A police spokeswoman said officers searched the area but were not able to find the pig. n July, the University of Hong Kong issued a warning to students and staff to watch out for wild boars following two attacks by the animals near the campus.

    Over the past five years, there have been nine cases in which people were injured by wild pigs, according to the Agriculture, Fisheries and Conservation Department. In most of the incidents, the animals were provoked or chased.

    The latest attack happened less than 24 hours after three wild pigs measuring between 80cm and 100cm were spotted wandering around Causeway Bay at about 1pm on Tuesday. The trio were later caught after being shot with a tranquilliser gun on Cloud View Road, North Point. They were released back into the wild on Tuesday evening. Wild pigs were also spotted in the same neighbourhood on Monday, though it was unclear whether they were the same animals caught on Tuesday. Three were seen outside Fly Dragon Terrace on Tin Hau Temple Road, also in Causeway Bay, at about 7am, but they made off before police arrived.

    Sightings of a single boar were reported near Belilios Public House on the same street at 12.20pm and 6.20pm on Monday. The creatures, which can weigh up to 200kg, are common in Hong Kong, especially in the countryside. But they are secretive and wary of human contact, and can become aggressive if provoked or threatened.

    In 2013 the AFCD received 294 complaints about wild pigs across the city. Two years later that number jumped to 518, and there were 738 reports last year. The first half of this year saw 380 reports. The department said removing food sources was the most effective way to keep boars away from residential areas and public facilities. It warned against attempts to feed them. The department launched the pilot scheme for a “capture, contraception, relocation and release programme” at the end of last year.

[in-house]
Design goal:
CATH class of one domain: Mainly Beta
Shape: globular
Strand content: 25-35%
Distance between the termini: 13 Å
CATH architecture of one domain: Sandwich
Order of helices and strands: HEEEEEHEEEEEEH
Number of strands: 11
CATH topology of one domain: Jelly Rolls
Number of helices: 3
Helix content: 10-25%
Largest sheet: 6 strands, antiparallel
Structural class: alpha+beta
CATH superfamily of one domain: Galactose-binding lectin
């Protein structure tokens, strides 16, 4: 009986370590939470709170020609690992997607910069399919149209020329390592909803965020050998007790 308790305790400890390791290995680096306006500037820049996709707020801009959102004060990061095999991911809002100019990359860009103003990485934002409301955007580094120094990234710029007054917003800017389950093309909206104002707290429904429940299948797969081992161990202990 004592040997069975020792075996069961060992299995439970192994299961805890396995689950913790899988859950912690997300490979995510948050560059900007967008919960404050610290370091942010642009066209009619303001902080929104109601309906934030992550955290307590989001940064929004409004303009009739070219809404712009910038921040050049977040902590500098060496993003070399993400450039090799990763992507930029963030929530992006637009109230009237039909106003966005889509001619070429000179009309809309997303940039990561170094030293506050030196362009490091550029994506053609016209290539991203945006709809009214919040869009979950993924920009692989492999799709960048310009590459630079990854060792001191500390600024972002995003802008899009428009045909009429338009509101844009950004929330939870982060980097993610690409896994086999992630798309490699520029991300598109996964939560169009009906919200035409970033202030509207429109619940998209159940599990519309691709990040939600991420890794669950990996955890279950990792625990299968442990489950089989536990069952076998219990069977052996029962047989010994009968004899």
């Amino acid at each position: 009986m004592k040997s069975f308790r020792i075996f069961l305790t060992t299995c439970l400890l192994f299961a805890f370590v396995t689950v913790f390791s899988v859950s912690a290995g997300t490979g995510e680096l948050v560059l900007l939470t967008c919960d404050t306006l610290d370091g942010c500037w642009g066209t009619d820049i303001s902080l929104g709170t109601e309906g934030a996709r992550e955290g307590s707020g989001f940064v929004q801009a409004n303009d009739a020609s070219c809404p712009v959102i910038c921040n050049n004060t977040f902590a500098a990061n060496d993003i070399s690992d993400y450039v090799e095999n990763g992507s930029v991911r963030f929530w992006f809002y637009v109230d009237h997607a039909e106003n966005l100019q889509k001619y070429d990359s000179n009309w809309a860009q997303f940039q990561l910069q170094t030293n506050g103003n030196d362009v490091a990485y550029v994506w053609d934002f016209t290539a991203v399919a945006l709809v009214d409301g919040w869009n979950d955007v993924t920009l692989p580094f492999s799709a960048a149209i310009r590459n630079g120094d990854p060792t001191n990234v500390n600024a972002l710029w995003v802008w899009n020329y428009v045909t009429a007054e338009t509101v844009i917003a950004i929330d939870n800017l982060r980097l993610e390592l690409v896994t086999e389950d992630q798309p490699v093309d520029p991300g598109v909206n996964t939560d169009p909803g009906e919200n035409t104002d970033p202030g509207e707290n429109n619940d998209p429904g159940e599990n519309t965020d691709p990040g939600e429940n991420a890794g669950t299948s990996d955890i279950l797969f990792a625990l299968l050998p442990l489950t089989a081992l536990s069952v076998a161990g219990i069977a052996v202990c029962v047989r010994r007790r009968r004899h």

Dilraba Dilmurat, Angelababy and Yang Mi in the cast for “Triumph in the Skies 2020” ?

    By sh33pymd,

    Source: hkO1.com



    Image result for angelababy 2018

    Image result for yang mi 2018

    Image result for Francis Ng triumph in the skies 2020

    TVB is launching its third season of “Triumph in the Skies 2020" at the of the year. There have been lots of speculations regarding who will be the leading actors and actresses. Rumour has it that mainland actresses Dilraba Dilmurat, Angelababy and Yang Mi maybe in the cast alongside Francis Ng. It is still uncertain whether "Cool devil" Julian Cheung and Myolie Wu will be included in the cast. There was another that  William Chan may appear in the drama, but according to source, he has not been in contact with TVB yet.

    According to Felix Ho, Assistant General Manager of TVB, “Triumph in the Skies 2020" will be mainly set in China with cast members from China and Hong Kong. TVB has been trying to invite Dilraba Dilmurat,  Angelababy and Yang Mi to be in the cast. If the rumour is true, then who will be the actresses from the Hong Kong side ? Will it be Myolie Wu, Fala Chen and Flora Chan ? It is now quite impossible for TVB to get the original cast for “Triumph in the Skies 2020", and if the storyline has mainland as its background, will that attract enough Hong Kong audiences? 

    Woman, 97, escapes unscathed after driving into HK$1.78 million Maserati then hitting Marriott Hotel wall

    By sh33pymd,

    Source: SCMP/On.cc




    A 97-year-old motorist was lucky to escape unscathed after her car hit a stationary Maserati before slamming into a wall at the Marriott Hotel in Hong Kong.